Should MPs reject each of the 15 House of Lords amendments to the Brexit bill today?
David Campbell Bannerman, MEP and board member of Leave Means Leave, says YES.
The job of the House of Lords is to amend and improve, not to wreck, sabotage, or unconstitutionally reverse the decision of the British people, nor to undermine the government’s entire policy position right in the midst of delicate and difficult negotiations that could us billions if got wrong.
On the specific amendments, the European Economic Area model does not suit the UK economy (which is far wider and more complex than Norway’s), and surrenders control of our market and borders.
Trying to wrest control of negotiations through a “meaningful vote” is unconstitutional and disgraceful behaviour by this unelected chamber.
The customs union vote means we cannot help our poor (who currently pay far higher prices, such as 60 per cent tariffs on Chinese shoes or 104 per cent on sugar), or the poor in developed nations (who are prevented from selling more into our market on fair terms).
This vote is a chance for elected MPs to take back control from the unelected Lords.
Alison McGovern, Labour MP for Wirral South and former shadow city minister, says NO.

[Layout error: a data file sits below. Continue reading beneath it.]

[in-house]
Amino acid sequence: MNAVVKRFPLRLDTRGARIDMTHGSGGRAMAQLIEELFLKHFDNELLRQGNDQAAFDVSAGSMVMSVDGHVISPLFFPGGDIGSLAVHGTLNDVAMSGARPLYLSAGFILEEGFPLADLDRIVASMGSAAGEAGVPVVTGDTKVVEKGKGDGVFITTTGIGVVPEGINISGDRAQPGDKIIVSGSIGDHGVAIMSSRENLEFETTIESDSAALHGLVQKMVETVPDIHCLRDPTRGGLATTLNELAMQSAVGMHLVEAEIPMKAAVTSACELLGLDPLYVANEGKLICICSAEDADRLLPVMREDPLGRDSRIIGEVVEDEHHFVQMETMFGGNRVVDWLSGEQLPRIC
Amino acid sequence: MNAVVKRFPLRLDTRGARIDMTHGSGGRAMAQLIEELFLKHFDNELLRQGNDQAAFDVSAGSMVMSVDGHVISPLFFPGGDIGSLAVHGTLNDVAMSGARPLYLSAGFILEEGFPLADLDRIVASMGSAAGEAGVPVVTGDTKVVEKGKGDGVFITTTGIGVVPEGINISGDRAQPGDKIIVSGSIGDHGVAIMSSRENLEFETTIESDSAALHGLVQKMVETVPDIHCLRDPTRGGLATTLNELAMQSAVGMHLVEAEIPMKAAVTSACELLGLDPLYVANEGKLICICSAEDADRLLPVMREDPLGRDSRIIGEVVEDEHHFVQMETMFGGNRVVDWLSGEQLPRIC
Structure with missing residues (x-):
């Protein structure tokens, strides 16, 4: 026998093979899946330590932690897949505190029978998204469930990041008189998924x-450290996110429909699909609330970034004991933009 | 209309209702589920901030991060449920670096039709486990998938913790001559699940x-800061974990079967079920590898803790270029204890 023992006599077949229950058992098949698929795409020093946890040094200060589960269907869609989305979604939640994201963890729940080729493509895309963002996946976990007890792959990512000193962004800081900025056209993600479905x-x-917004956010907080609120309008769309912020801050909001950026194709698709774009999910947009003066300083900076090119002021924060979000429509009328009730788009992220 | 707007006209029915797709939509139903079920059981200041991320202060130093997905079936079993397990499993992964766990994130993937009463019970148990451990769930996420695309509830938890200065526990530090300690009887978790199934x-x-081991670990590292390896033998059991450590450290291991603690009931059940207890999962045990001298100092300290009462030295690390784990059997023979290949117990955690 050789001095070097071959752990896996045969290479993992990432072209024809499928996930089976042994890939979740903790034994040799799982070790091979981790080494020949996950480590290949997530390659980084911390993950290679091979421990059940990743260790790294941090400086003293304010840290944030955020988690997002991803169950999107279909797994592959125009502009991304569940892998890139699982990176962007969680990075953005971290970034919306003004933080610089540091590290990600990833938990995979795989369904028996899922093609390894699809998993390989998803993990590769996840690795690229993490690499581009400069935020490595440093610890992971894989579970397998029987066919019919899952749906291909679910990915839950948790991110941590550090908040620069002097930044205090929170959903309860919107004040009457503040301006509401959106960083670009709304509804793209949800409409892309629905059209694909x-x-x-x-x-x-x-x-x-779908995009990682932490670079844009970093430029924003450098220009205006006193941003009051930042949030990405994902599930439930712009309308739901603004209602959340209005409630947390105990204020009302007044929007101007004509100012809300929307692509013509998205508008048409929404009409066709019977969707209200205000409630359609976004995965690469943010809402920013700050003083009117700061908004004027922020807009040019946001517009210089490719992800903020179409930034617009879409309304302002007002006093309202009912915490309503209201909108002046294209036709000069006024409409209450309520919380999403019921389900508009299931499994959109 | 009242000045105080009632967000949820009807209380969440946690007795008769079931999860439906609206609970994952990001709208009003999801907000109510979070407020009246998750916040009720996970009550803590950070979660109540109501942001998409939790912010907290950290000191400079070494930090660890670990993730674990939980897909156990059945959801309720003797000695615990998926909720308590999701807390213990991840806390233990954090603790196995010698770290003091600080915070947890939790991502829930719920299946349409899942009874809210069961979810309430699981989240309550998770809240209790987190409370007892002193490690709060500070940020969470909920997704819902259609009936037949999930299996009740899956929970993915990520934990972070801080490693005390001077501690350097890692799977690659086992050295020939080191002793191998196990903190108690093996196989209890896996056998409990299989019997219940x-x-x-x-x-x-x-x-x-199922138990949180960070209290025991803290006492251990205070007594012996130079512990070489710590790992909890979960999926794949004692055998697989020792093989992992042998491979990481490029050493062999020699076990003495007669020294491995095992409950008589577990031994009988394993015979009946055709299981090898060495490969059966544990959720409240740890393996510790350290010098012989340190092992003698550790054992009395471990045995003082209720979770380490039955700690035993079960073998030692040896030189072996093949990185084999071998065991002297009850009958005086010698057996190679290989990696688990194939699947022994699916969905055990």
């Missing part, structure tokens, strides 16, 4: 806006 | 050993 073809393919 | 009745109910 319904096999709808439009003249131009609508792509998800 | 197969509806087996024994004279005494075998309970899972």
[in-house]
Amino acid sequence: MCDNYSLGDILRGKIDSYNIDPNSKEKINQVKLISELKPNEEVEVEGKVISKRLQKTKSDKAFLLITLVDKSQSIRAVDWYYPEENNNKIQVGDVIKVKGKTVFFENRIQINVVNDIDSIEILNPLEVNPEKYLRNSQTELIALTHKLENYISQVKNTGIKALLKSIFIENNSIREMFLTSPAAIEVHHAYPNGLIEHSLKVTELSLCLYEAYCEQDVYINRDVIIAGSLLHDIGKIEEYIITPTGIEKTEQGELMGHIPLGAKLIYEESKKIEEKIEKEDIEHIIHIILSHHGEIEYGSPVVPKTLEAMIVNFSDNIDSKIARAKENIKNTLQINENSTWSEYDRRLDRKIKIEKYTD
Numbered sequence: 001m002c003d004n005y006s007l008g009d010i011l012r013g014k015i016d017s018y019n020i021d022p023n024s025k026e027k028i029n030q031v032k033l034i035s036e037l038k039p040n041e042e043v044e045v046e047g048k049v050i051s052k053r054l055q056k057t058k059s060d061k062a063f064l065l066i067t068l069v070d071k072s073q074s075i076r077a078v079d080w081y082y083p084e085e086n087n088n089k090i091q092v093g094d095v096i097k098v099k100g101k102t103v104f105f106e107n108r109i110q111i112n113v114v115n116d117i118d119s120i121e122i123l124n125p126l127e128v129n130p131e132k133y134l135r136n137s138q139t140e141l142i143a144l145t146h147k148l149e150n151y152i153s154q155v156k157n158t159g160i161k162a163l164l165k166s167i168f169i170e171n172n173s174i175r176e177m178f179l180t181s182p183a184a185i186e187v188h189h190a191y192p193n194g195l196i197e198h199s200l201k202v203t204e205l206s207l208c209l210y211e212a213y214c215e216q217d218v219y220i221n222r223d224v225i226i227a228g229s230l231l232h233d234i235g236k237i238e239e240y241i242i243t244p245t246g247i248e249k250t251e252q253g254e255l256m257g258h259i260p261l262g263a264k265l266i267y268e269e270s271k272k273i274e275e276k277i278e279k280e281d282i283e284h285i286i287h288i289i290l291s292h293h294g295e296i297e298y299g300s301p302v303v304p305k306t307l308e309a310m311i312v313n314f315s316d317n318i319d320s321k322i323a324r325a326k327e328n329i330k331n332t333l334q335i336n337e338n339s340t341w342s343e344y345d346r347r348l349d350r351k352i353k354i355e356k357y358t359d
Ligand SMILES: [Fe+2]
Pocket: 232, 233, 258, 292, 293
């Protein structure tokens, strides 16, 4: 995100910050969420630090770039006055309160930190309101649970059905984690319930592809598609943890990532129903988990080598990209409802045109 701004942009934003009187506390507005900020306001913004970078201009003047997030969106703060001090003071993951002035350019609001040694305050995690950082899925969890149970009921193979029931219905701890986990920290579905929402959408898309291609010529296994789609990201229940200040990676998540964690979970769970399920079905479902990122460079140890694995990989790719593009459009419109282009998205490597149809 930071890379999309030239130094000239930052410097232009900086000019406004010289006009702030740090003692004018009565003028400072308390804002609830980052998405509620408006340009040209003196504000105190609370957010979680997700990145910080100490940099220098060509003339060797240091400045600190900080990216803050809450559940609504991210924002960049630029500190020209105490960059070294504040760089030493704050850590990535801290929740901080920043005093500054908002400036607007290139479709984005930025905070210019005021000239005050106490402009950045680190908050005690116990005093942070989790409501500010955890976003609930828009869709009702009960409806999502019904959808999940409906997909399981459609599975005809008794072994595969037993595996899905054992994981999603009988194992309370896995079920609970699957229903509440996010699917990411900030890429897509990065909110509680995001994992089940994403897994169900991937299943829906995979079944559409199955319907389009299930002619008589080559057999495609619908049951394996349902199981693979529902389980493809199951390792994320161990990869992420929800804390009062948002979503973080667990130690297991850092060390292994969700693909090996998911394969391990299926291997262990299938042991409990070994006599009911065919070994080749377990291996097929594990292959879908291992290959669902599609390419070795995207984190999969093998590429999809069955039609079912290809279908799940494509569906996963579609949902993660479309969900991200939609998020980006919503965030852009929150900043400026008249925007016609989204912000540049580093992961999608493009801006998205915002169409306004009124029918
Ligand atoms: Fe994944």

The House of Lords defeated the government an embarrassing 15 times to amend the EU (Withdrawal) Bill – and each defeat was a defence of British jobs, rights, and parliamentary sovereignty.
Where Conservative MPs were happy to let government ministers sign away our future, the Lords voted that parliament should debate and vote on the final deal.
Where Jacob Rees-Mogg wants the UK to crash out on WTO terms, and lose yet more jobs, the Lords voted to keep us in the European Economic Area.
Where David Davis would rather a hard border in Ireland and a return to the instability of the past, the Lords voted to stay in the customs union and to keep our border open.
There is no good reason to reject the Lords’ amendments: they protect our country’s economy, our rights, and our borders. Crucially, they bring power back into parliament, rather than leave negotiations to the hapless Prime Minister and shambolic cabinet, who lost an election on precisely this plan.